3. I can’t believe anyone is arguing that we shouldn’t tax a good (or tax it less) because the current price is on a highly inelastic portion of the demand curve.

    Taxing inelastic goods and using the money to offset distortionary taxes is simply good public policy, even if there were no environmental benefits whatsoever. There are no words for how truly stupid this is from a strictly economic point of view.

    Also Time To Get Serious on Climate Change sounds suspiciously a lot like this:

    http://www.newswire.ca/en/releases/archive/November2006/15/c4802.html

    If they’re going to borrow from me, they should at least let me in their club. I’m below average too!

  13. Let’s see now.

    Cut taxes $600,000,000.

    Money stays in business hands.

    Business cuts prices.

    Consumers buy more.

    More jobs created.

    More wealth created.

    People prosper.

    Oh now I see the problem.

    It appears capitalism has become a dirty word in the strangest of places.

  14. bud: The part where we differ is you think the business will cut prices, I think the CEO’s will just take larger bonuses. Remember the massive price reductions we saw when they eliminated the hidden manufacturer’s tax for the GST?

    Neither do I. I just remember my prices going up.

    Consumers generally do not see any gains from reductions in hidden taxes. What they generally get is a longer period of prices remaining stable.

  15. The bigger question is – where is the $600M going to come from? Given the last two years, we know it’s not going to come from spending cuts.

  16. Meanwhile – one thought Mr. Tax Federation guy talks about tax reduction….can’t figure out the vision, whole picture thing, the future…all he does for a living is discuss taxes.

    Get life guy – there’s more going on and more important things than a few bucks in taxes.

  17. Bud: “It appears capitalism has become a dirty word in the strangest of places.”

    Intersting – as a pro-capitalism champ, I would expect you to favour the green-shift.

    Under this plan your income tax – which you have to pay – is cut – and your carbon tax – you can avoid paying by demanding more efficient technology from suppliers and by being more energy efficient with your purhcases.

    Assuming the current level of taxation is correct (even the Cons aren’t reducing many more taxes), wouldn’t you rather have a tax that you can take action to avoid paying vs. income tax which you can’t?

    That sounds much more market-friendly to me.

  18. Logic be damned, Scott. The Conservative strategy is the only pro-market strategy because, well, it’s impossible for the Conservatives to be wrong.

  19. Scott:

    When a Liberal says his new tax will be revenue neutral,and you believe him, then I think one of 3 things:

    1. You’re new
    2. You’re a slightly slow Liberal partisan
    3.You,re dumber than dirt

  20. AC,

    Do any of you jounalists ever operate in the practical world? Come down out of the ivory tower for just a moment and consider your argument from street level. Anyone who uses diesel power that could use gasoline if they wished has already made the choice of higher capital cost up front, for fuel efficiency later. Encouraging carbon belching? Just exactly what activity does diesel power which is discretionary? I’ll wager that less than one tenth of one percent of diesel consumption is discretionary. Unless you consider the economy discretionary.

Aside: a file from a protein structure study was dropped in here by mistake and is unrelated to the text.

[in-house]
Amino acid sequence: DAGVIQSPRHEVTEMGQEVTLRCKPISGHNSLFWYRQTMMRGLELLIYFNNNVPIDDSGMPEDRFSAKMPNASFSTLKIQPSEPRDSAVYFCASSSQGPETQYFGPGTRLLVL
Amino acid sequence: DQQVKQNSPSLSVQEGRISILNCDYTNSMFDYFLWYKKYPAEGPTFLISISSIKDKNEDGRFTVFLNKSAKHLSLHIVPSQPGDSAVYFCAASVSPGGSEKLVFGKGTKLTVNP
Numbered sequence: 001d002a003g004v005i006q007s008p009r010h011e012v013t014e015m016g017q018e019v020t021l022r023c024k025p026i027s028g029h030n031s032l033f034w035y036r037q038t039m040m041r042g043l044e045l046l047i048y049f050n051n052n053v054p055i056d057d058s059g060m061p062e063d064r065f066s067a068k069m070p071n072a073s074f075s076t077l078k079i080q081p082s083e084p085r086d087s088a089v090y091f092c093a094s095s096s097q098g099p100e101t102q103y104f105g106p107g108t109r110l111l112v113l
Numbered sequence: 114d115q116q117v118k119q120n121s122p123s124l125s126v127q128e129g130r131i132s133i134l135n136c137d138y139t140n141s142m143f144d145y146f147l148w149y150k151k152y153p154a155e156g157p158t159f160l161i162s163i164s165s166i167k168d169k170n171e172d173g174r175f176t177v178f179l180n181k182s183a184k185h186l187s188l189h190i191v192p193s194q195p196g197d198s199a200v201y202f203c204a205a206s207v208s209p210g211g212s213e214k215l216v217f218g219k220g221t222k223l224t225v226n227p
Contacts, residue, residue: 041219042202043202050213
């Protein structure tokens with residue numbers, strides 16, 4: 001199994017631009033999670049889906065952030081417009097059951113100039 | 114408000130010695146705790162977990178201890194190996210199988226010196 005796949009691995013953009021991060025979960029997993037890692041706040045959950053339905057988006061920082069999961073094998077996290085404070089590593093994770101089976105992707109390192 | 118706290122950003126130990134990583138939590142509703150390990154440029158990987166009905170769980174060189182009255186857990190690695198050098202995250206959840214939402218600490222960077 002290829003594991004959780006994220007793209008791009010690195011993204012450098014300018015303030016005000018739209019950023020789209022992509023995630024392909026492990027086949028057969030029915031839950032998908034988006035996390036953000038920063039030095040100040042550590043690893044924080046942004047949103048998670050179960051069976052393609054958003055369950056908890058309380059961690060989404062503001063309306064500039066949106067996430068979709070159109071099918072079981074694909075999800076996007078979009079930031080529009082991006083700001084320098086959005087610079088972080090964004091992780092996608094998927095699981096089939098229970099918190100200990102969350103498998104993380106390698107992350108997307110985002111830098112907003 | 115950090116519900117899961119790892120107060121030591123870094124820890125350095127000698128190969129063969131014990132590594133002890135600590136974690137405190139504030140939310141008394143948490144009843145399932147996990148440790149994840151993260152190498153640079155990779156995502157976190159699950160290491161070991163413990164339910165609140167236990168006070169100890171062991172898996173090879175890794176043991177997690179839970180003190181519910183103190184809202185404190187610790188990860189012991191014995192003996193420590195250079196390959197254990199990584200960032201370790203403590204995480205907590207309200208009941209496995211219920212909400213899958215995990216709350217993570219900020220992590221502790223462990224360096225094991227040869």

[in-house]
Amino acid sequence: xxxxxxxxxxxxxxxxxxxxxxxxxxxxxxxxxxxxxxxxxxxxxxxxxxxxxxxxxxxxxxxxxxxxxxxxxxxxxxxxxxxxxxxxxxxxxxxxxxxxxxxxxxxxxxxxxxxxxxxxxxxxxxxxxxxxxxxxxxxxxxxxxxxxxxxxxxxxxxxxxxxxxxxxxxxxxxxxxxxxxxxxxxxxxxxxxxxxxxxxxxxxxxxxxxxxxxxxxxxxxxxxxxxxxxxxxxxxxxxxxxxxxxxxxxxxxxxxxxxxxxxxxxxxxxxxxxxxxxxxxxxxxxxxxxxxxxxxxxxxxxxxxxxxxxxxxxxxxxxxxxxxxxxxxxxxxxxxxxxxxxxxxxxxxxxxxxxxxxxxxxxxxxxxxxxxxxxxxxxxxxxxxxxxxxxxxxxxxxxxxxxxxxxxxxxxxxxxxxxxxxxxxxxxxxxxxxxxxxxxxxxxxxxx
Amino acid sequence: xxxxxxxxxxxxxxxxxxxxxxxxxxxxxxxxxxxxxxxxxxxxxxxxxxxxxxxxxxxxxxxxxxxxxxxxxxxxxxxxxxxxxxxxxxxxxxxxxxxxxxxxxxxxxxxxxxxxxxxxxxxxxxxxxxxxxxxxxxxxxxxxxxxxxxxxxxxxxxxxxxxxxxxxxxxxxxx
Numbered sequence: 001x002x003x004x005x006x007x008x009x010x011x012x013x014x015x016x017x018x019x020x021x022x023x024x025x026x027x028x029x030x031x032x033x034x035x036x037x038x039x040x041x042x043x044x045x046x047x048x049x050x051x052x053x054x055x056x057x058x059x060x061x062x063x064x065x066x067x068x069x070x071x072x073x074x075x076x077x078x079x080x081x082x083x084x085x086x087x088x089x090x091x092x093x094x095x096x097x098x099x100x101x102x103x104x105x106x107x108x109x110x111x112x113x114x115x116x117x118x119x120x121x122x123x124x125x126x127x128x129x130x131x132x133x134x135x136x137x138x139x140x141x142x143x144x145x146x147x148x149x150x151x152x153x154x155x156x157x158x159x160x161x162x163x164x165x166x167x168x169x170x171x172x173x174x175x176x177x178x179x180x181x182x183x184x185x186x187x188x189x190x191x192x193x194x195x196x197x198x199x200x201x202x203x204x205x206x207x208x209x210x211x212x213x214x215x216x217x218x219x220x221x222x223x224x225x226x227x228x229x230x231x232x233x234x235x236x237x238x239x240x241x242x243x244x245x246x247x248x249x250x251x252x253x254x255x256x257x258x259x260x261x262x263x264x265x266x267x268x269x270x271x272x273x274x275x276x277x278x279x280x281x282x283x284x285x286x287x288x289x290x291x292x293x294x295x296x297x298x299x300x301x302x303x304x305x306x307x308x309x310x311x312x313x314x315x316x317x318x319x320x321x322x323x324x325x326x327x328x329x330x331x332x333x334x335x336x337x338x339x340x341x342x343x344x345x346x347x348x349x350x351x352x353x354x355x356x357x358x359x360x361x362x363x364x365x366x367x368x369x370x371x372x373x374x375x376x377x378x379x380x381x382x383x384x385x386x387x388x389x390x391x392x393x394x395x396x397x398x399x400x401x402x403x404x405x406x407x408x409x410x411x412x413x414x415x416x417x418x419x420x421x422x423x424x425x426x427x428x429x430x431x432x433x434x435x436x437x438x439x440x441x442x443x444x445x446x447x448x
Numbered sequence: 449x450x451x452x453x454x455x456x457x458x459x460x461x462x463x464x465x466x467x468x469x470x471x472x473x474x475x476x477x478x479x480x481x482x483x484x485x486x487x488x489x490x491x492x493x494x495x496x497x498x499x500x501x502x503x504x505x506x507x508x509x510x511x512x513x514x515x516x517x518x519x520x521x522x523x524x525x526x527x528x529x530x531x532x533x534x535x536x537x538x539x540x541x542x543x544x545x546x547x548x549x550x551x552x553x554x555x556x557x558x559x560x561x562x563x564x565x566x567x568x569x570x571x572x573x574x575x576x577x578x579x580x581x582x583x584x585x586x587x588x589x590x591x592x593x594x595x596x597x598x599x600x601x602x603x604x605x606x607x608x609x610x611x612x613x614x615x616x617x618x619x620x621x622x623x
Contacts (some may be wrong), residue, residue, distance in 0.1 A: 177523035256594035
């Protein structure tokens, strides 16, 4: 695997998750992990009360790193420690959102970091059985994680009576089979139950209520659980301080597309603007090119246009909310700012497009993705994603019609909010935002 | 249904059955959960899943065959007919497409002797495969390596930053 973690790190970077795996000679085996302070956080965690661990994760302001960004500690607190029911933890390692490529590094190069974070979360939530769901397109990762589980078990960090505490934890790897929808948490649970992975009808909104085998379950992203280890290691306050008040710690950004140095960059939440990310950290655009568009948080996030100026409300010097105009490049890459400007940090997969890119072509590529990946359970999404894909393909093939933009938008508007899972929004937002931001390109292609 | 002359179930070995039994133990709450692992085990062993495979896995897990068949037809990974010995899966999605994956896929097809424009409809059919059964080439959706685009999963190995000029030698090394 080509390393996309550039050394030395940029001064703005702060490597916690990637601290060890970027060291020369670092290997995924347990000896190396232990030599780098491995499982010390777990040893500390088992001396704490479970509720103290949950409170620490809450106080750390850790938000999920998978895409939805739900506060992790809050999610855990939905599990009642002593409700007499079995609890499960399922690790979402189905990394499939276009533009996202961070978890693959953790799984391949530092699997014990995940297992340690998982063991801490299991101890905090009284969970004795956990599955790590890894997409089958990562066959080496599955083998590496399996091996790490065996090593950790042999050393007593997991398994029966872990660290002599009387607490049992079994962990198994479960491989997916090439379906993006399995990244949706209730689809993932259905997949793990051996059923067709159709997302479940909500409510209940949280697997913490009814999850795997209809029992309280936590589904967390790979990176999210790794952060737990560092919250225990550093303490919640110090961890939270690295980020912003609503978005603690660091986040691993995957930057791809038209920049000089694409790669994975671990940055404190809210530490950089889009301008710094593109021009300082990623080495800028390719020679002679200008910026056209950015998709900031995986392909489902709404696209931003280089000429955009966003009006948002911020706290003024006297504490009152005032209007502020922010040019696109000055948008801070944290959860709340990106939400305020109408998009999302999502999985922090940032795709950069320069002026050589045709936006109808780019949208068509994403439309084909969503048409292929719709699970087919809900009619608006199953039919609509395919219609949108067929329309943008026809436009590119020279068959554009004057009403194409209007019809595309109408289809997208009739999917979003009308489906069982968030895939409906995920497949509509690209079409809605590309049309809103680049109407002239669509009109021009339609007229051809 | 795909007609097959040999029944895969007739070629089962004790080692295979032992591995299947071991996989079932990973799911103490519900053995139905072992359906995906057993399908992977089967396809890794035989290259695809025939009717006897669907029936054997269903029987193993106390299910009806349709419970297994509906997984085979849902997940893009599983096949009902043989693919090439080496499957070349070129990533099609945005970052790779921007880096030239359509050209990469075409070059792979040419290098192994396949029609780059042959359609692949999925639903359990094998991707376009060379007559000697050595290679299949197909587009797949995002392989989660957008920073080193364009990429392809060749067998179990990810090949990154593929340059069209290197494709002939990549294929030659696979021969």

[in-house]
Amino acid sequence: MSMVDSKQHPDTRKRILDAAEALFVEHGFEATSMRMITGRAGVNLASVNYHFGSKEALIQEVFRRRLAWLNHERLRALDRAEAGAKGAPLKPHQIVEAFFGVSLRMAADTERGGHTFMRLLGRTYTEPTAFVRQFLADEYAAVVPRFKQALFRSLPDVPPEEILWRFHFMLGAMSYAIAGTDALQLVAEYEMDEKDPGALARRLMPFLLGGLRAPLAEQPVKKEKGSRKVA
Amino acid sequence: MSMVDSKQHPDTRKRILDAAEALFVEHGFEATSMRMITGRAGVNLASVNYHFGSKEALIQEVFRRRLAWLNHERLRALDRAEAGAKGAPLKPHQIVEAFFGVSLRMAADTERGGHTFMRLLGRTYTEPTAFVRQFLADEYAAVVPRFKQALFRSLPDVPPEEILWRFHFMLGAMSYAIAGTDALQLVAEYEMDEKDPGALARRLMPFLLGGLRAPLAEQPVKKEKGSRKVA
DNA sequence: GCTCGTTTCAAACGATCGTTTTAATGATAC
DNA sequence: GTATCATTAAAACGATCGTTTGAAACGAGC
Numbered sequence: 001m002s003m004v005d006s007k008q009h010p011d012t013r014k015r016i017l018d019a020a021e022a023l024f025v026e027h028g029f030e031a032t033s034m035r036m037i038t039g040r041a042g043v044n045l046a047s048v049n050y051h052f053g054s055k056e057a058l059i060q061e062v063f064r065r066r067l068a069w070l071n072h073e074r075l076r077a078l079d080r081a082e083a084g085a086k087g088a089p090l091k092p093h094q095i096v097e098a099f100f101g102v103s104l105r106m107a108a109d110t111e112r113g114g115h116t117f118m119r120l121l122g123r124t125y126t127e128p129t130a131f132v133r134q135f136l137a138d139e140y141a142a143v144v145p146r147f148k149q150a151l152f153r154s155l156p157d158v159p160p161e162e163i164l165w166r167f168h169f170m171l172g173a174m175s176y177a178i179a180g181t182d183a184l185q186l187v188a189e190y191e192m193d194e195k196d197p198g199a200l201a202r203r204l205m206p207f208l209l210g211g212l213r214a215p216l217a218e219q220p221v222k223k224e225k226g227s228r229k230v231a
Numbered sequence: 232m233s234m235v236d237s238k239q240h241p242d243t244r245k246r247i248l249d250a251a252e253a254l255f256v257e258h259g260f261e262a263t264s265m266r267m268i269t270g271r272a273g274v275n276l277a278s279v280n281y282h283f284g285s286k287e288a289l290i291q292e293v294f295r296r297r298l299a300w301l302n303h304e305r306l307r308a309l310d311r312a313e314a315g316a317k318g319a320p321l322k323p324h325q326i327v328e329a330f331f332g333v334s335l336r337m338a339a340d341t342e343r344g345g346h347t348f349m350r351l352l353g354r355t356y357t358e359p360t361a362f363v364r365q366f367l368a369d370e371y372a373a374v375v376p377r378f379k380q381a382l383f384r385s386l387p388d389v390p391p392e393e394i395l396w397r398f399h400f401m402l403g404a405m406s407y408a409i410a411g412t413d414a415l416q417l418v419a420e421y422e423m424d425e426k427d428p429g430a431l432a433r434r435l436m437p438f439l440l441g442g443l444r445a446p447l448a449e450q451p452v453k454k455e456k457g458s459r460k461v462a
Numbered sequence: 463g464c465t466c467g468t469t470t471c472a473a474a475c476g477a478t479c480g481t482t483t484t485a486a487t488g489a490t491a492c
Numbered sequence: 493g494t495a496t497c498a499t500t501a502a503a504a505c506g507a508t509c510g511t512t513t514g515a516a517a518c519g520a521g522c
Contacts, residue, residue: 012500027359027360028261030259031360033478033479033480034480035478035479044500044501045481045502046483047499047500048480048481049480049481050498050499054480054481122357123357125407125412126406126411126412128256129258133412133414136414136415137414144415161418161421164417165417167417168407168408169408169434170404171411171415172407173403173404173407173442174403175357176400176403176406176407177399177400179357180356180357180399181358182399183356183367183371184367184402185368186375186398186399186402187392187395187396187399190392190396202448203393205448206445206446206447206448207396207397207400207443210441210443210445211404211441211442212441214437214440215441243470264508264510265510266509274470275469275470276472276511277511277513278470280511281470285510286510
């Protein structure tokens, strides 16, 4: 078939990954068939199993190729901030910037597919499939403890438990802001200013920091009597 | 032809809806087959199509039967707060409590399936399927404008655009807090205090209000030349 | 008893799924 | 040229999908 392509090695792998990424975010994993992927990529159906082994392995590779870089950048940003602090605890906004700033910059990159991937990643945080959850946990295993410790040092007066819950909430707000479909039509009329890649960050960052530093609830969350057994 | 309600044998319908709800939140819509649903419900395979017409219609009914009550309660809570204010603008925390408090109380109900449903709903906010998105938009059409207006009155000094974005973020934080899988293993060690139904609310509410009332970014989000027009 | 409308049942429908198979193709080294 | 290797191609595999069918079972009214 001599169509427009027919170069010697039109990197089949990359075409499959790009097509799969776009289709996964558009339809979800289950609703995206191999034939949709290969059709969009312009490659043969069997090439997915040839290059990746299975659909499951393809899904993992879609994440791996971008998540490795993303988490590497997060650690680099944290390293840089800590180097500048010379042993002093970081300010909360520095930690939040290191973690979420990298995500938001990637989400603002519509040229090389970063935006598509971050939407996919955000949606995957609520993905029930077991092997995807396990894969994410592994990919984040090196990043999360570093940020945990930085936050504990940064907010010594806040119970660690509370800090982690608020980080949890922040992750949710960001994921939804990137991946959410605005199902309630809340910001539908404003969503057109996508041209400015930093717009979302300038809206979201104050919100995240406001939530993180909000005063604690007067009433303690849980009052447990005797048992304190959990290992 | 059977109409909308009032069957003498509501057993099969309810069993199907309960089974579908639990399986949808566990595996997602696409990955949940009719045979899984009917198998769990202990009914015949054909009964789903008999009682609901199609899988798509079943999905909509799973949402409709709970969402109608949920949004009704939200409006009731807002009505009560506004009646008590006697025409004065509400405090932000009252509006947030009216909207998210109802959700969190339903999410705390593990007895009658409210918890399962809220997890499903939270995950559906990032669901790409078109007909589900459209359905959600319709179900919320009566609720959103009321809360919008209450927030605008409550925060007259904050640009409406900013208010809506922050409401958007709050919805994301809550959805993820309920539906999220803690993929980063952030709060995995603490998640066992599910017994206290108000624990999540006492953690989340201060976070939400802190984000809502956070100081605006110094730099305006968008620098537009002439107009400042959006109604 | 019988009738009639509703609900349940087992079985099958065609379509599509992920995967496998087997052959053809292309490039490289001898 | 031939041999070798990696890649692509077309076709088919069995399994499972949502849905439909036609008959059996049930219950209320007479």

The part you guys miss is that just taxing something like diesel does nothing for the environment, especially if the money raised is redistributed (after a shave for handling) to families so they can use it to cover higher bills for things that come on trucks. Only thing that benefits in that transaction is one particular local economy, but I don’t live in Ottawa.

  21. Andrew, is there a tax cut that you have ever supported.

  22. Curmudgeon: You obviously don’t know Coyne. You’re going to call him a tax-and-spend liberal?

    He-larry-us.

  23. Peter,

    Energy use doesn’t have to be discretionary for it to be an opportunity for increased efficiency. High prices have induced Wal-Mart to retrofit its American truck fleet to consume up to 30% less energy, ie, diesel. I don’t think you can call Wal-Mart a bunch of eco-hippies, either. They are doing it because it makes dollars, and sense.

  24. Andrew,

    That is interesting. And without a green shift, I assume, unless Dion has entered the US race. As fuel efficiency innovations are made they will be adopted by industry because it makes economic sense, what exactly does an extra tax levied and redistributed to various desirable client(voter) groups do to enhance this?

  25. It increases the incentive. And ‘various desirable client groups’? That’s like saying cutting the GST only benefited ‘Canadian consumer groups’.

    Why don’t we all try to be a little more intellectually honest around here…

  26. Ahhhh, it increases the incentive. You haven’t mentioned how giving individuals money to cover the higher costs increases their incentive…….when clearly it does the reverse. Oh that’s right, it’s those pesky voters.